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- No. 8 Quinnipiac men’s ice hockey falls to No. 1 UMass 3-1, head into break with a 14-3-0 record
- Quinnipiac men’s basketball moves to .500 with win over Lafayette
- No. 8 Quinnipiac men’s ice hockey upsets No. 1 UMass, 4-0
- Cramped cramming
- Dr. Bethany Zemba appointed as vice president and chief of staff
- Pro-life feminism: a candid conversation
- Phi Gamma Delta fundraises money for victims of California wildfires
- Former Quinnipiac President John Lahey awarded for service to Ireland
- Triumph out of tragedy
WQAQ senior prepares to hit waves beyond QU
Jesse Elgarten is just like any other senior preparing to graduate in May. But, what makes him different is that he is the co-programming director at WQAQ, Quinnipiac’s student-run radio station.
The senior broadcast journalism major is responsible for various aspects of ensuring what appears to be a seamless operation of WQAQ. He creates the broadcast schedule for the station’s 67 shows, and is also responsible for all on-air content.
His tenure with the radio station extends back to his first semester of his sophomore year when he co-hosted a music program with his suitemate. After the second show, his suitemate quit and thereafter he did the program solo.
“I knew I would enjoy it but did not know that I would have as much fun as I did,” said Elgarten, who has been a disc-jockey ever since.
Elgarten dedicates an average of ten hours per weekday to the station with additional hours spent every weekend ensuring the constant broadcast of the station.
Elgarten’s favorite music is loud rock, which is heavy metal, but also includes alternative and punk music, as well. His three favorite bands, in no particular order, Metalica, Our Lady Peace and ZebraHead,
“I would travel to see those bands,” he said.
While he did not agree with Metallica’s reaction to music downloading, he said he “understood where they were coming from.”
Unlike some music fans, Elgarten was not turned off by Metallica’s less-than-popular reaction to the music piracy.
“I separate music from everything else,” he said. “If it sounds good and I like it, I’ll listen to it.”
Similarly, while he “appreciates the Dixie Chicks stating their opinion, the venue may not have been the best choice.”
As a Clear Channel Communications intern alumnus, he said that his former boss tried to appease the masses by changing from rock to hip hop although it might not have been the best thing to do.
“It was just a ploy to please the masses. Clear Channel does for business not for its own personal beliefs,” he said.
Elgarten interned for Radio 104 during his first semester of his junior year at Quinnipiac. He worked in the promotions department and also worked with other stations including Country 92.5, River 105.9, Kiss 97.5 and ESPN Radio. His most memorable event with Radio 104 was working on a Good Charlotte concert a year and a half ago.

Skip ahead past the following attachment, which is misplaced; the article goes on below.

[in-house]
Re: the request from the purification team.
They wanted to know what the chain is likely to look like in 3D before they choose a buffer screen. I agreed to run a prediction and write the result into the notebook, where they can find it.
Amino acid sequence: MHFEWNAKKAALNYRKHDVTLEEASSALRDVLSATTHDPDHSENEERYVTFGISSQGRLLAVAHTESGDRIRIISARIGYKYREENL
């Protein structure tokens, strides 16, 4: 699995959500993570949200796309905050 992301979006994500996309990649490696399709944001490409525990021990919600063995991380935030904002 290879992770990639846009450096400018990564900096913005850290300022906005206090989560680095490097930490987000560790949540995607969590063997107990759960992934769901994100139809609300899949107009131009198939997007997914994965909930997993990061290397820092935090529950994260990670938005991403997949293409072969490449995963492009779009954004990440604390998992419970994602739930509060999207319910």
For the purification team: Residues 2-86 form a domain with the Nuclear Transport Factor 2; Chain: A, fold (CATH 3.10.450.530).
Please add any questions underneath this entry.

His fondest memory at WQAQ to this point has been being elected program manager at the station.
“It showed that people took notice of my involvement,” he said.
Elgarten shares the position of program manager with Mark Langan, a sophomore.
While he has never questioned his desire to be in journalism, it was just a matter of what medium he wanted to be a part of. Elgarten has been involved in several sectors of broadcasting ranging from television, print, radio and theatrical arts.
“I tried every kind of medium,” he said.
However, his favorite is radio.
“It is a lot more fun,” he said.
As Elgarten gets ready to graduate, he plans on applying to every radio station from Boston to Philadelphia. Currently, his permanent address is in the Bronx, N.Y. He said he would love to live in New York City with his parents and not have to pay rent if his dream job at K-Rock becomes a reality.
Currently, it does not look like WQAQ will be getting anymore wattage; however, it has seen an increase in distance. The overall radius has improved by 3-4 miles in every direction except towards Cheshire because of Sleeping Giant State Park. Elgarten has said that the signal can reach as far as Wallingford and North Haven.
With the help of Jack McDonald and the Sports department, Elgarten “[hopes] that streaming will be a reality next year.”
He said the station has “worked hard both on and off the air and picked the best parts of the station to make the metaphorical front page.”
This semester the station has altered the blocking schedule to make the best dj’s the ones heard during the peak hours of 10 a.m. to midnight on weeknights. “That’s 35 quality shows,” he said.
He asks the Quinnipiac community to support WQAQ. He said that if streaming goes through, games will be online and will be heard at home, even if a student, and his or her family, lives in another state.
He said that students do not have to be disc jockeys to get 5involved.
“Anyone can get involved any year and at any time,” he said.
The shows are picked the first couple days of the semester, he said.